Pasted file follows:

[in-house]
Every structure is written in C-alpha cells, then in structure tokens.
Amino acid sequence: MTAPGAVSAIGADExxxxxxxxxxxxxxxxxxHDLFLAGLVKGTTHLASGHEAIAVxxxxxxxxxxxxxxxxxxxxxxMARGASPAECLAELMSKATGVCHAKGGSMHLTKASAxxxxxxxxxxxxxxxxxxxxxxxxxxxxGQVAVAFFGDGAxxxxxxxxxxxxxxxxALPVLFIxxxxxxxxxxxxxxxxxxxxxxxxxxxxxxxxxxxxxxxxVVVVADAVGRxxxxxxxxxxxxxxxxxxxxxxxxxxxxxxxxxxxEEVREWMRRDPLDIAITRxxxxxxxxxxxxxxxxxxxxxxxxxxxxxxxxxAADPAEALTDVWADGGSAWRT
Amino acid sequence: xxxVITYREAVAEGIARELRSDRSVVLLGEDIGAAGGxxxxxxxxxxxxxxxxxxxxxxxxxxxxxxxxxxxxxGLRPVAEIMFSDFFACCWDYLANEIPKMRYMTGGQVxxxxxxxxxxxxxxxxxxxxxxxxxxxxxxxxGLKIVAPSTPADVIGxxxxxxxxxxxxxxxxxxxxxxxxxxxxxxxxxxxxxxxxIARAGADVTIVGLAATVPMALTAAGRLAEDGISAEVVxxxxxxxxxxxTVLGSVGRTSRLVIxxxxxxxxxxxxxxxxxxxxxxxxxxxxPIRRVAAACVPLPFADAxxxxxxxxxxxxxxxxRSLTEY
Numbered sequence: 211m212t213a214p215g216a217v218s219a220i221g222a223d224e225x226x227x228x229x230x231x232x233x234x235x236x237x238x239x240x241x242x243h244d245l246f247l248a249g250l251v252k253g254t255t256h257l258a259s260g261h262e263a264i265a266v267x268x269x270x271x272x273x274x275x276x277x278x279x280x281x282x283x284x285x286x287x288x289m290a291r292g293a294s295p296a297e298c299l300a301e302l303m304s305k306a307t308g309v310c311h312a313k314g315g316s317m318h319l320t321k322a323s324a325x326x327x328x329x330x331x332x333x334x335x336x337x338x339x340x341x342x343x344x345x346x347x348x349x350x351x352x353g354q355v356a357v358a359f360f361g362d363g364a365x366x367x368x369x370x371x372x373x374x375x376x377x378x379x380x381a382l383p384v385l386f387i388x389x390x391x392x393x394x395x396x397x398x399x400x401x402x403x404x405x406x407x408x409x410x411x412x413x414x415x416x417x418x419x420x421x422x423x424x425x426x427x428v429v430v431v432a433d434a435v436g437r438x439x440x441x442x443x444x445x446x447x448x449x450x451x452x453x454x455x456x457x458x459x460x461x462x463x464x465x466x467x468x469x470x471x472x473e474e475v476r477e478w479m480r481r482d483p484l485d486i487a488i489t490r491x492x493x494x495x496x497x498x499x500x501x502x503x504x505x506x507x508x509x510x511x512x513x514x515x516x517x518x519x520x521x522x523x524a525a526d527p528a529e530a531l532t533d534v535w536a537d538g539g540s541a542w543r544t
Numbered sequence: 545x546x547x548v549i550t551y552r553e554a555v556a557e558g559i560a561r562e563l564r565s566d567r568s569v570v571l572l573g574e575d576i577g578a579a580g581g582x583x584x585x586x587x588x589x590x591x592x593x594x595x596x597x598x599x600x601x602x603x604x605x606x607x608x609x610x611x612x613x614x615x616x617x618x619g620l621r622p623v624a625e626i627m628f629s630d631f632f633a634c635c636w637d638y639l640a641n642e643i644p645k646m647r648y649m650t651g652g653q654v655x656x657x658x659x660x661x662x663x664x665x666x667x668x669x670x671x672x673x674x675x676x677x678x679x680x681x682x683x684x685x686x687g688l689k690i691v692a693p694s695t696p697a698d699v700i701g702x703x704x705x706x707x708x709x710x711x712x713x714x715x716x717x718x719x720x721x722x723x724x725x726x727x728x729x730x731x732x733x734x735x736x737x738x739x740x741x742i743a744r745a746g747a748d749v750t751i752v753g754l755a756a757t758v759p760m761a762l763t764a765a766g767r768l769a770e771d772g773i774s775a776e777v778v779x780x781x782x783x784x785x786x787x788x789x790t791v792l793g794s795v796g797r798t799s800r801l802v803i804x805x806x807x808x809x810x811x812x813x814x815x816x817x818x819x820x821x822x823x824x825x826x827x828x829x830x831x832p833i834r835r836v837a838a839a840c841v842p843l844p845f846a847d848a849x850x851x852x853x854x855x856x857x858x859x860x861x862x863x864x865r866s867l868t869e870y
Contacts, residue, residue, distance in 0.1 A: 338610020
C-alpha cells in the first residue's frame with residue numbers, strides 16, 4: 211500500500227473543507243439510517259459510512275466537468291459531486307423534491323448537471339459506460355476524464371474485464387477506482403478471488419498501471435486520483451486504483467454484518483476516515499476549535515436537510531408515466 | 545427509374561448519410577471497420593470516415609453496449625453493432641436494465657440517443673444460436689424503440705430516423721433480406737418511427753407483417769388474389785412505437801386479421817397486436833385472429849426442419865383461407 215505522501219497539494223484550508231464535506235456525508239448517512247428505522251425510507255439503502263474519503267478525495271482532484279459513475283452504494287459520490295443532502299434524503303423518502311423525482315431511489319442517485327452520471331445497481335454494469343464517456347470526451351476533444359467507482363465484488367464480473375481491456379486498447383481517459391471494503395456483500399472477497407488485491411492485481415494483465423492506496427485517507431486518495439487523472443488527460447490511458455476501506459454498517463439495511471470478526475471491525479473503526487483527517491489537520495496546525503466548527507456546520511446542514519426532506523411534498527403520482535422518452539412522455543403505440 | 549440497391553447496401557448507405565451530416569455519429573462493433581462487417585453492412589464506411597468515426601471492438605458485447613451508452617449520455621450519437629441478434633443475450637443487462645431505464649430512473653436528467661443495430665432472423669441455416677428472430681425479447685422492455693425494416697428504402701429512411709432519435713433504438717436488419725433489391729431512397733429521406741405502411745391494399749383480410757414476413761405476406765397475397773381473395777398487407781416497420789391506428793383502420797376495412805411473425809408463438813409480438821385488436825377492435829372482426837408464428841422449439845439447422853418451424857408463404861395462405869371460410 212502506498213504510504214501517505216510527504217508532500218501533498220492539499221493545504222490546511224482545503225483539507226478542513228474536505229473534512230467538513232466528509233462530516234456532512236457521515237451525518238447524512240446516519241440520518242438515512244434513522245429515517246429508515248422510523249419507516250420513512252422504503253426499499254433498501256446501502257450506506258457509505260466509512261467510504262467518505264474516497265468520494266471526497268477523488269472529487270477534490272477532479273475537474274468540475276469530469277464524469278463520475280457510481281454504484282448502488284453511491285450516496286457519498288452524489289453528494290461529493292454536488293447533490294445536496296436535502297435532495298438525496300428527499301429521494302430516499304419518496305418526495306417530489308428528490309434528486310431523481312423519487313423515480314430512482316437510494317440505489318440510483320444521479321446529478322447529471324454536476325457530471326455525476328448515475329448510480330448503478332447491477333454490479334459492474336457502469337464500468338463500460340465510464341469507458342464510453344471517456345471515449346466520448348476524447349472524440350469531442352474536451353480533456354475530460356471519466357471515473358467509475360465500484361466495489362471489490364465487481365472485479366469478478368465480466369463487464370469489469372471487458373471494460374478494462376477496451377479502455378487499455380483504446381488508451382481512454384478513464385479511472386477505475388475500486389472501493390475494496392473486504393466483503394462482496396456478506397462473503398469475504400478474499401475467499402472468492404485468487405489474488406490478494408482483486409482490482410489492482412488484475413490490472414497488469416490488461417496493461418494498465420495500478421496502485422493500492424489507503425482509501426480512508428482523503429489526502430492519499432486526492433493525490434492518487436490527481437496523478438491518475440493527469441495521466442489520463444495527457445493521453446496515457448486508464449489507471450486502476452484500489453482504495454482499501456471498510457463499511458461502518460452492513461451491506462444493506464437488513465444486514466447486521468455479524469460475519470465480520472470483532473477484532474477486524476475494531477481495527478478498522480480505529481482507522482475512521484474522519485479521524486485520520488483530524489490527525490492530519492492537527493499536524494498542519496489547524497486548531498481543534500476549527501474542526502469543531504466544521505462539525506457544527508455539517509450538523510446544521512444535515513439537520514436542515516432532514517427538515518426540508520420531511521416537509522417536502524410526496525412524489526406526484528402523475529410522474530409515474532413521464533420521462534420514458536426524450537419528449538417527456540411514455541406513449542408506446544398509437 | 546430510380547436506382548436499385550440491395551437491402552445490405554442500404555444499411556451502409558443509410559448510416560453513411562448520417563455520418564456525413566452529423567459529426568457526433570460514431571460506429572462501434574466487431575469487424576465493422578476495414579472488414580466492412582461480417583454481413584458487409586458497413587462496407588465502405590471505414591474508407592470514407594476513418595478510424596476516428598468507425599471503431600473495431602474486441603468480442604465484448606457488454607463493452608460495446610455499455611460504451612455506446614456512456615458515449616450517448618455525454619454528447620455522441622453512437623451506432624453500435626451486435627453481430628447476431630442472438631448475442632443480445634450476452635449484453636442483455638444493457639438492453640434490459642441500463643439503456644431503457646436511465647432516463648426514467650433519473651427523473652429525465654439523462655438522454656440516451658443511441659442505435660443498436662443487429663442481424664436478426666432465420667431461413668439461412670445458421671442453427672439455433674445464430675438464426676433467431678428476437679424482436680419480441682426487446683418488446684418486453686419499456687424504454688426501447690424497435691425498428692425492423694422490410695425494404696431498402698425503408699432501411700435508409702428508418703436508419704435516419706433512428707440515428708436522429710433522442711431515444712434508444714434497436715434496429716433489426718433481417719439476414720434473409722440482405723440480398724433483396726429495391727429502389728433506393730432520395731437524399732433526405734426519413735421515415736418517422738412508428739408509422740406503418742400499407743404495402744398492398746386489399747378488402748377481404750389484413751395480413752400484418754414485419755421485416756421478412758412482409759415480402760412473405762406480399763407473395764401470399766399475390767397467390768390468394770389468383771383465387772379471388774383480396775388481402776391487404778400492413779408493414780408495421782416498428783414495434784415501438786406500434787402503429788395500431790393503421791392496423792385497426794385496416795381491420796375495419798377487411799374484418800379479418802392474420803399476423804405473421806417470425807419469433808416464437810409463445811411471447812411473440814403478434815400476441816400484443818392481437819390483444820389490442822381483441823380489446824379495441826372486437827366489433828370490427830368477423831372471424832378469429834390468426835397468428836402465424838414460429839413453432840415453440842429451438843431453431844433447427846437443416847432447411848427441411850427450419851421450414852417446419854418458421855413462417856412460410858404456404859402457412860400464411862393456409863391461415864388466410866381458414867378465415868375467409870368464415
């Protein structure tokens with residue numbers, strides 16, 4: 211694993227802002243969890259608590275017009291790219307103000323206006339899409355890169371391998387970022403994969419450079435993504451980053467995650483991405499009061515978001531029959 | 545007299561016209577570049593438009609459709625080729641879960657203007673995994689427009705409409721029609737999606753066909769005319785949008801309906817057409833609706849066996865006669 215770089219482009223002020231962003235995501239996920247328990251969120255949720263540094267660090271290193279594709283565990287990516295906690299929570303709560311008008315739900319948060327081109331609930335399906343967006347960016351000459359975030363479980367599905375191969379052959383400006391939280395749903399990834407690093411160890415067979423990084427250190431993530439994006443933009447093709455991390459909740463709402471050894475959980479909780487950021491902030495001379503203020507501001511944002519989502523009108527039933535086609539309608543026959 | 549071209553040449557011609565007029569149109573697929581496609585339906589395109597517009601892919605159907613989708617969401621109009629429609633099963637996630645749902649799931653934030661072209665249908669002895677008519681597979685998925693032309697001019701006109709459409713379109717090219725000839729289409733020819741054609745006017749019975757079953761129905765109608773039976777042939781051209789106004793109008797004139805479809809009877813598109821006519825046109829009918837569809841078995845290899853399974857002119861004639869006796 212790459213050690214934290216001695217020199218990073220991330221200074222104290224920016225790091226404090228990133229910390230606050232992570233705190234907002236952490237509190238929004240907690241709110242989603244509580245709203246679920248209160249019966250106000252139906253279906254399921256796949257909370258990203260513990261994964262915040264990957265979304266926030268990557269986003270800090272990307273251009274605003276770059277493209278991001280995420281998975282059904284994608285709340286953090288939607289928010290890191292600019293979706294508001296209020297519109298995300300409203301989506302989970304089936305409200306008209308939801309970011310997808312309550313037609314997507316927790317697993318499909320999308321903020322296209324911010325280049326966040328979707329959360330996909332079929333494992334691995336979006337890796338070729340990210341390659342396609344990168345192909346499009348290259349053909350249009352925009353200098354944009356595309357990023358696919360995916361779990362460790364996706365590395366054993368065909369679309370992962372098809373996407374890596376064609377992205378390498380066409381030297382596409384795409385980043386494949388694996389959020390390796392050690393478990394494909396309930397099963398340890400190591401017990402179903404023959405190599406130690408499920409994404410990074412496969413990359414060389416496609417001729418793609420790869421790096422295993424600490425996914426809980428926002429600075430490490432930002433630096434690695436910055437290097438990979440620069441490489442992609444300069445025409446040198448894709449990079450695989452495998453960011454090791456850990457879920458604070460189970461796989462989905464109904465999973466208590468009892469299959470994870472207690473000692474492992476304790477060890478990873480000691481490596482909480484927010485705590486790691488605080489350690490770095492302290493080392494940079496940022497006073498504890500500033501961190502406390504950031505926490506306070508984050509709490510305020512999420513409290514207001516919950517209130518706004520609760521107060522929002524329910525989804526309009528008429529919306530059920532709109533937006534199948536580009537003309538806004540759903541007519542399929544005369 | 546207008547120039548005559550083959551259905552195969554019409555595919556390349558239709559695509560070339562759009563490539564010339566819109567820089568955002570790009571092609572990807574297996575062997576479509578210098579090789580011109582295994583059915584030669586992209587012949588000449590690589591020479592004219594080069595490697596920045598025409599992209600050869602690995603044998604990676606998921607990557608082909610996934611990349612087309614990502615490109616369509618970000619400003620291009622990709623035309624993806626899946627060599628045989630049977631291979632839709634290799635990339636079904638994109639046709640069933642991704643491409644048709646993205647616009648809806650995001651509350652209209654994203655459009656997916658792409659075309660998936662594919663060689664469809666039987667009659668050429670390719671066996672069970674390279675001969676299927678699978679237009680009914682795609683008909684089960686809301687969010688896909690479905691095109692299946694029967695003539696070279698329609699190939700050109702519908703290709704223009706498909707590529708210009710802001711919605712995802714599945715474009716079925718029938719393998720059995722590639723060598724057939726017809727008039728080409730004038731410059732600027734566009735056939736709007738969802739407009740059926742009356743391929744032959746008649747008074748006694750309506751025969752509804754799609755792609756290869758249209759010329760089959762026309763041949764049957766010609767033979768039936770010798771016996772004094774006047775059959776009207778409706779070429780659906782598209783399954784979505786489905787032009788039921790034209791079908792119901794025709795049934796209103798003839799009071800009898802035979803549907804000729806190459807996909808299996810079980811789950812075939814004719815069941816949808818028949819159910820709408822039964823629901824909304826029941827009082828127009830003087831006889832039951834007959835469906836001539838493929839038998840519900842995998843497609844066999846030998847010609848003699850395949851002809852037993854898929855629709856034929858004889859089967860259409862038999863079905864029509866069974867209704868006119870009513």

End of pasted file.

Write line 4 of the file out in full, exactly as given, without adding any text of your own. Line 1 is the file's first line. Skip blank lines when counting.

Amino acid sequence: xxxVITYREAVAEGIARELRSDRSVVLLGEDIGAAGGxxxxxxxxxxxxxxxxxxxxxxxxxxxxxxxxxxxxxGLRPVAEIMFSDFFACCWDYLANEIPKMRYMTGGQVxxxxxxxxxxxxxxxxxxxxxxxxxxxxxxxxGLKIVAPSTPADVIGxxxxxxxxxxxxxxxxxxxxxxxxxxxxxxxxxxxxxxxxIARAGADVTIVGLAATVPMALTAAGRLAEDGISAEVVxxxxxxxxxxxTVLGSVGRTSRLVIxxxxxxxxxxxxxxxxxxxxxxxxxxxxPIRRVAAACVPLPFADAxxxxxxxxxxxxxxxxRSLTEY